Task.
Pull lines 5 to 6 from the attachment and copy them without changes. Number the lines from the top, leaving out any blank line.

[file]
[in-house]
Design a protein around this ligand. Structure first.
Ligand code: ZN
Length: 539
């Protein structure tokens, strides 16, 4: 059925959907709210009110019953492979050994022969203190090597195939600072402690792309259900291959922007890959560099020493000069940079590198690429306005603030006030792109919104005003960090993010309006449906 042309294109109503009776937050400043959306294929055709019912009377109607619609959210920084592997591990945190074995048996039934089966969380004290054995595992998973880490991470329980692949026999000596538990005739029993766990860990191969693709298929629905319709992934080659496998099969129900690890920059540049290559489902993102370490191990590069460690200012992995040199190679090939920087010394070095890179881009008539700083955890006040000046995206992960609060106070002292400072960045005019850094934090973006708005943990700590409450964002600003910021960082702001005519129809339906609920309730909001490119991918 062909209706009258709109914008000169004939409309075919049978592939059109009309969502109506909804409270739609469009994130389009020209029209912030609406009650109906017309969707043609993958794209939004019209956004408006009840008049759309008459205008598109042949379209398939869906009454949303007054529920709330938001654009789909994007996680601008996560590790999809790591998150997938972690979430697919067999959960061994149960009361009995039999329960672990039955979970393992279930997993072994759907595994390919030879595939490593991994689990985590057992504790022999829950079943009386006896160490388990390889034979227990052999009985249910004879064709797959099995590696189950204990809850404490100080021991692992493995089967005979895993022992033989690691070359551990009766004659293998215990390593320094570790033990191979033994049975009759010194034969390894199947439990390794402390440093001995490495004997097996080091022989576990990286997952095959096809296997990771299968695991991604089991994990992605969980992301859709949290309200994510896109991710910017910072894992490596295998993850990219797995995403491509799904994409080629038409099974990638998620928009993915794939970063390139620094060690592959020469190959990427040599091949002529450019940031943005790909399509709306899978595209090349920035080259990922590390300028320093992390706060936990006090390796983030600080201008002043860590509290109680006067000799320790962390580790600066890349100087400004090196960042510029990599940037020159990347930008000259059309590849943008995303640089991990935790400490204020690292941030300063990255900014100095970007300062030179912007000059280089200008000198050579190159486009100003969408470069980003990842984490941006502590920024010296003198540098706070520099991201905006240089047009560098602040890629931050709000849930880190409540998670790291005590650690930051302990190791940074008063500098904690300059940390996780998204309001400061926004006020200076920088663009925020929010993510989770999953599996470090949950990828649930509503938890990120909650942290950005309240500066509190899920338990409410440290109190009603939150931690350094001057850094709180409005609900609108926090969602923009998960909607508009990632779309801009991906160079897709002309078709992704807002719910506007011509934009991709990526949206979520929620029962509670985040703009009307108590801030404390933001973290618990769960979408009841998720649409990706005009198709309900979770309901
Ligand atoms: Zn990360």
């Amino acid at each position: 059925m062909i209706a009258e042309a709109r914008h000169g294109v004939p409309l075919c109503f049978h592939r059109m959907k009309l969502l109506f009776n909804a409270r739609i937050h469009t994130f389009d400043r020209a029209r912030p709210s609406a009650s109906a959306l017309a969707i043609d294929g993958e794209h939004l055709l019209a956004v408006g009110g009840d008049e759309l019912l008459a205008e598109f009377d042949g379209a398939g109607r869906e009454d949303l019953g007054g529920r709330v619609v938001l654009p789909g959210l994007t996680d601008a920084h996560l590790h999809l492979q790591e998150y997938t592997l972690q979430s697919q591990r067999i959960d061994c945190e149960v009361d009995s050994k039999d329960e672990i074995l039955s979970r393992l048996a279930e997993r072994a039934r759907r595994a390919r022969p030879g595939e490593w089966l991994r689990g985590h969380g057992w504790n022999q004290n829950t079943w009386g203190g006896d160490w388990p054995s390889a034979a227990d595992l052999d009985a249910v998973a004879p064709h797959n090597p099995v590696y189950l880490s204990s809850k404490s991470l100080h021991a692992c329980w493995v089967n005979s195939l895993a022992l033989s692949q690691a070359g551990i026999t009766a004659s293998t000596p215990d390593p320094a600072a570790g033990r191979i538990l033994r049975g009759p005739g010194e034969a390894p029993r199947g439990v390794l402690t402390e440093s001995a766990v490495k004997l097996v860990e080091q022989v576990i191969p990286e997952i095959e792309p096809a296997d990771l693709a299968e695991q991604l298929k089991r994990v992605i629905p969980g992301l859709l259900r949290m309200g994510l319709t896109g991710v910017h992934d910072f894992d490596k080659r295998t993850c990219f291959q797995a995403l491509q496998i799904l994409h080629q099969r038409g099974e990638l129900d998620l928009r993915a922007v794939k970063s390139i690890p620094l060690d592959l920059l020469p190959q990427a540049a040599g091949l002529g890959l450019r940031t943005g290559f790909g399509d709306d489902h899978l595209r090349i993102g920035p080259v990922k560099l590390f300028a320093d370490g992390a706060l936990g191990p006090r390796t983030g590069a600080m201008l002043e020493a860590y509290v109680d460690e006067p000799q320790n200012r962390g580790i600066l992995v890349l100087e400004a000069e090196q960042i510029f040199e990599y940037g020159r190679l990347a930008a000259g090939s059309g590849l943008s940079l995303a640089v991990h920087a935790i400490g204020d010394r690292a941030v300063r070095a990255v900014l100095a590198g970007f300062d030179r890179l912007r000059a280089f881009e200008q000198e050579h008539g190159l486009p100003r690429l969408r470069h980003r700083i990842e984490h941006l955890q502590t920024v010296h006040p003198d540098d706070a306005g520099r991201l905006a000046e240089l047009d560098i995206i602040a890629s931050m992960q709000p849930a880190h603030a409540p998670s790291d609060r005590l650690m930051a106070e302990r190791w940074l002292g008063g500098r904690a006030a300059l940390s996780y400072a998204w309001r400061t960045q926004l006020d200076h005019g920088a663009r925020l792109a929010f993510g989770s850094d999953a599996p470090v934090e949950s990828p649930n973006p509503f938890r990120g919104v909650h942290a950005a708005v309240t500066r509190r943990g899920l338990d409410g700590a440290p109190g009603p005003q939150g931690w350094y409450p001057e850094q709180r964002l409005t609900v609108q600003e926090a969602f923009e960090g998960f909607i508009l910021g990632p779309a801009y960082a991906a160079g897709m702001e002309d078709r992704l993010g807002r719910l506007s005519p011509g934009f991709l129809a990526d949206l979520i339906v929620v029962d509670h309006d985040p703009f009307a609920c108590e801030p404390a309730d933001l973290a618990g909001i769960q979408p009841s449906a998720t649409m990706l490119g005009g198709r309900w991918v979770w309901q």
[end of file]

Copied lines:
């Protein structure tokens, strides 16, 4: 059925959907709210009110019953492979050994022969203190090597195939600072402690792309259900291959922007890959560099020493000069940079590198690429306005603030006030792109919104005003960090993010309006449906 042309294109109503009776937050400043959306294929055709019912009377109607619609959210920084592997591990945190074995048996039934089966969380004290054995595992998973880490991470329980692949026999000596538990005739029993766990860990191969693709298929629905319709992934080659496998099969129900690890920059540049290559489902993102370490191990590069460690200012992995040199190679090939920087010394070095890179881009008539700083955890006040000046995206992960609060106070002292400072960045005019850094934090973006708005943990700590409450964002600003910021960082702001005519129809339906609920309730909001490119991918 062909209706009258709109914008000169004939409309075919049978592939059109009309969502109506909804409270739609469009994130389009020209029209912030609406009650109906017309969707043609993958794209939004019209956004408006009840008049759309008459205008598109042949379209398939869906009454949303007054529920709330938001654009789909994007996680601008996560590790999809790591998150997938972690979430697919067999959960061994149960009361009995039999329960672990039955979970393992279930997993072994759907595994390919030879595939490593991994689990985590057992504790022999829950079943009386006896160490388990390889034979227990052999009985249910004879064709797959099995590696189950204990809850404490100080021991692992493995089967005979895993022992033989690691070359551990009766004659293998215990390593320094570790033990191979033994049975009759010194034969390894199947439990390794402390440093001995490495004997097996080091022989576990990286997952095959096809296997990771299968695991991604089991994990992605969980992301859709949290309200994510896109991710910017910072894992490596295998993850990219797995995403491509799904994409080629038409099974990638998620928009993915794939970063390139620094060690592959020469190959990427040599091949002529450019940031943005790909399509709306899978595209090349920035080259990922590390300028320093992390706060936990006090390796983030600080201008002043860590509290109680006067000799320790962390580790600066890349100087400004090196960042510029990599940037020159990347930008000259059309590849943008995303640089991990935790400490204020690292941030300063990255900014100095970007300062030179912007000059280089200008000198050579190159486009100003969408470069980003990842984490941006502590920024010296003198540098706070520099991201905006240089047009560098602040890629931050709000849930880190409540998670790291005590650690930051302990190791940074008063500098904690300059940390996780998204309001400061926004006020200076920088663009925020929010993510989770999953599996470090949950990828649930509503938890990120909650942290950005309240500066509190899920338990409410440290109190009603939150931690350094001057850094709180409005609900609108926090969602923009998960909607508009990632779309801009991906160079897709002309078709992704807002719910506007011509934009991709990526949206979520929620029962509670985040703009009307108590801030404390933001973290618990769960979408009841998720649409990706005009198709309900979770309901
Ligand atoms: Zn990360």